No signs allowed
Nailing signs to power poles isn’t safe for you or our line workers
Most jobs do not require you to climb 40 feet in the air and conduct business within a few feet of high voltage power lines that carry 7,200 or more volts of electricity. However, for many utility workers, this is just another day at the office.
Across the nation there are between 160 to 180 million utility poles that provide the electricity that powers everything in your daily life – including the brewing of your morning cup of coffee and the lighting you turn off before going to bed. The electricity we depend on would not be possible without the utility workers who maintain and repair them. Although seemingly innocent enough, putting signs or other items on utility poles creates serious safety hazards. Staples, nails, and tacks used to hang signs, as well as the signs themselves, pose an unnecessary danger to utility workers.
The Safe Electricity program urges everyone to keep utility poles free from all personal materials such as balloons, fliers, and metal objects like staples or tacks. By respecting utility poles, you can help keep your community powered, and your local utility workers safe.
“Respecting the men and women who provide electricity for your town is a community effort,” says Safe Electricity Advisory Board Member Matt Eisenmenger. “So please keep your local utility workers’ safety in mind, and refrain from posting material on utility poles.”
Eisenmenger is a former journeyman lineman for Eastern Illini Electric Cooperative, and now serves as a safety instructor for all of the state’s electric cooperatives. He says an unseen nail or staple could damage the gloves line workers use to insulate them from high voltage, or it could cause a climbing gaff to deflect from the pole and cause a serious fall.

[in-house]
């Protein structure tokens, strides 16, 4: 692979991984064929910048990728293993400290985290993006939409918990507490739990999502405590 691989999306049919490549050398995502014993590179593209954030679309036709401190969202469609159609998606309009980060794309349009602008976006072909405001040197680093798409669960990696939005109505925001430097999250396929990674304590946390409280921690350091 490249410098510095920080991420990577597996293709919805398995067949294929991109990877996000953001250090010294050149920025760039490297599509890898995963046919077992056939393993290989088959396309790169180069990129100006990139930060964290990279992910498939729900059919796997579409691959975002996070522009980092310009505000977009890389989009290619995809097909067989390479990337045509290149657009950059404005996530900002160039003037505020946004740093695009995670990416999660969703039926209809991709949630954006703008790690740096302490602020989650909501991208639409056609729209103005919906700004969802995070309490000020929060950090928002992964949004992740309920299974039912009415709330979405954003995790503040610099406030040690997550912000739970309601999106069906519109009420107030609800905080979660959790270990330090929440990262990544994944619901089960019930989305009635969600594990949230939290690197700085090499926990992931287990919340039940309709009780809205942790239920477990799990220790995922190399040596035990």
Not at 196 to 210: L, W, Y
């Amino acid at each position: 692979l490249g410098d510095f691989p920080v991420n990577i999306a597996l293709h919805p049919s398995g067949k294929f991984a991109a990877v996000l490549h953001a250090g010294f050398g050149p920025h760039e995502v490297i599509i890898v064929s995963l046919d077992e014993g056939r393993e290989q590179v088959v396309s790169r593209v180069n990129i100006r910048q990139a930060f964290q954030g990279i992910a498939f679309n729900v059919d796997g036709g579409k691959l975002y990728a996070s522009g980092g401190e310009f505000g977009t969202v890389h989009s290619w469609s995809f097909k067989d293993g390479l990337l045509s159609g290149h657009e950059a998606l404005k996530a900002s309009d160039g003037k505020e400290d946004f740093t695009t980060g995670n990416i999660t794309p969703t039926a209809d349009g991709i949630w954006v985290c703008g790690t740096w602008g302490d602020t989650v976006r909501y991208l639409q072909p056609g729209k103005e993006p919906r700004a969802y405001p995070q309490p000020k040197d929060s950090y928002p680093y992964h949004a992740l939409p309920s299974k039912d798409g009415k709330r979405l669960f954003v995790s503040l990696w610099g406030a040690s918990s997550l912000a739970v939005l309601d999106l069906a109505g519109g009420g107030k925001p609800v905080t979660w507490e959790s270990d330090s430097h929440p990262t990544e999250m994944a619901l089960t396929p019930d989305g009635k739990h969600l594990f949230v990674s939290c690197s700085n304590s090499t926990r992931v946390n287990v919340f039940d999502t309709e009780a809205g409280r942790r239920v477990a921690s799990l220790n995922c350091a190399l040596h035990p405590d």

This practice is not only illegal in many areas, it’s unsafe for the line worker and the public. It could lead to an electrocution and lawsuit.
Other items that have been found on utility poles include tree stands for hunting. If you plan on hunting, do not place tree stands or other objects on utility poles. Doing so not only creates a risk for utility workers, but it is also extremely dangerous for yourself or anyone who uses it. For your own safety, please keep as much distance between yourself and overhead power lines as possible. Satellite dishes and basketball goals are two other items that should never be attached to a utility pole.
Utility workers use specialized climbing devices to perform regular maintenance and repair damaged power lines at the top of utility poles. Nails, tacks, and other metal objects that are used to attach objects to utility poles can interfere with the safe operation of the climbing boots used by utility workers.
Foreign objects that are embedded in utility poles can also snag or damage the protective clothing that keeps line workers safe from electrical shock. These men and women already work in extremely hazardous conditions, so everyone who relies on electricity should take steps to make their job as safe as possible.
Posting items on utility poles creates a public safety risk as well. “Nails, staples, and other materials that are posted to utility poles can cause wooden utility poles to degrade more quickly, which may reduce their structural integrity and stability and increase the risk of falling over when struck by a vehicle,” adds Eisenmenger.
Fallen power poles mean power outages, which at the very least are an inconvenience. Utilities must spend valuable resources on repairing or replacing damaged utility poles. In addition, downed power lines are very dangerous for pedestrians and motorists. It is important to always stay far away from downed lines.
You can help keep yourself and your community safe by not posting objects to your local utility poles. Help keep the line workers who keep your power on safe and do your part to make sure they make it home at the end of the day injury-free.
For more information on staying safe around power lines, utility poles, and electricity, visit SafeElectricity.org.